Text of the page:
Three Essays on Higher Education
thesisposted on 01.08.2020, 00:00 by Pauline P Khoo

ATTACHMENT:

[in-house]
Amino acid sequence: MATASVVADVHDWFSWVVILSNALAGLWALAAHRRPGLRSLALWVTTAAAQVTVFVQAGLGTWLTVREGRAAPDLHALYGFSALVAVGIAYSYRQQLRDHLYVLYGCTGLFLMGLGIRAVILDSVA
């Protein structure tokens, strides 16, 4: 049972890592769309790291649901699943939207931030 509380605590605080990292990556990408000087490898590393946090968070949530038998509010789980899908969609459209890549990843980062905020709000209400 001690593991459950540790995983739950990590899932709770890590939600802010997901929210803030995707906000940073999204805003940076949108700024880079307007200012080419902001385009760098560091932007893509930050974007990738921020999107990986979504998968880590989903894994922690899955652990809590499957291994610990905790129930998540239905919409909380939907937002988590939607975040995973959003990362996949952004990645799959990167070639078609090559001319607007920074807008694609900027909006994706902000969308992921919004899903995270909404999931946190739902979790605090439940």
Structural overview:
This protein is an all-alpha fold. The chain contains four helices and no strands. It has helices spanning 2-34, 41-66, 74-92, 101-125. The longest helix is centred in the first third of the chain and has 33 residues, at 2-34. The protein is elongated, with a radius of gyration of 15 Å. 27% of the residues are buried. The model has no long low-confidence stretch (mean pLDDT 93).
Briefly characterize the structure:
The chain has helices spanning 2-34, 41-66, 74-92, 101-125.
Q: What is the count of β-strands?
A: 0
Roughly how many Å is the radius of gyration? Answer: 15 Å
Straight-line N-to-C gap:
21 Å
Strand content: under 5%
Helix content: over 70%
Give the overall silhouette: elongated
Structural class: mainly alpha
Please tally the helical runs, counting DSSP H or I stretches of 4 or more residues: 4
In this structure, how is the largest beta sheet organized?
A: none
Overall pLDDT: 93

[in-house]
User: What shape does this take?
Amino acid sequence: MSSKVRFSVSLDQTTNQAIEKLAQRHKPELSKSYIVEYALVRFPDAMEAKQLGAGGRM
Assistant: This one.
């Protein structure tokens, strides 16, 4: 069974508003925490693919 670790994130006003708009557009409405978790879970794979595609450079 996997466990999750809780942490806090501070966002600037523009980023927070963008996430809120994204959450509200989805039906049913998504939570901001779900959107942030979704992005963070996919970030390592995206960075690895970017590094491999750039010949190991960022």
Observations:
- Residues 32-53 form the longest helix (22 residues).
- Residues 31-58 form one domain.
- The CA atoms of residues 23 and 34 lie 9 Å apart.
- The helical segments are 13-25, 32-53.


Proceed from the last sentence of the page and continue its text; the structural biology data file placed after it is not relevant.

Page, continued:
In Chapter 1, I investigate whether the presence of peers from the same country of origin affects the success of international doctoral students. I use unique, administrative data on higher education enrollment and leverage variation in peer composition across cohorts within a program. Results indicate that a 10 percentage point increase in the share of peers from the same country of origin decreases the likelihood of persisting to the second year by two percentage points (2.35 percent). These country match effects are not driven by the general effect of international students or by language match effects. In Chapter 2, I evaluate how the Optional Practical Training (OPT) extension for STEM graduates impact enrollment decision of foreign students into STEM fields in the US. Using high-quality administrative data on higher education enrollment in Ohio, I find that the OPT extension increases the likelihood of foreign students’ enrollment in STEM fields. I also examine whether the extension of OPT affected degree completion. Results indicate that there is a higher probability of completion after the extension. These results suggest that the OPT program has the potential to change the skill composition of students in higher education and can also be a solution to the STEM shortage in the labor market. In Chapter 3, we provide the first estimate of the effect of graduating with honors on the earnings of recent college graduates. To help distinguish between the causal effect of honors and unobservables correlated with obtaining honors, we use a regression discontinuity design that exploits the fact that Latin honors such as cum laude are determined based on strict GPA cutoffs. We test for and find no evidence of students manipulating their GPA in order to obtain honors. Honors provides an earnings benefits for the first two years following graduation but this benefit disappears by the third year after graduation. This provides among the first pieces of evidence that firms respond to signals at the higher education level.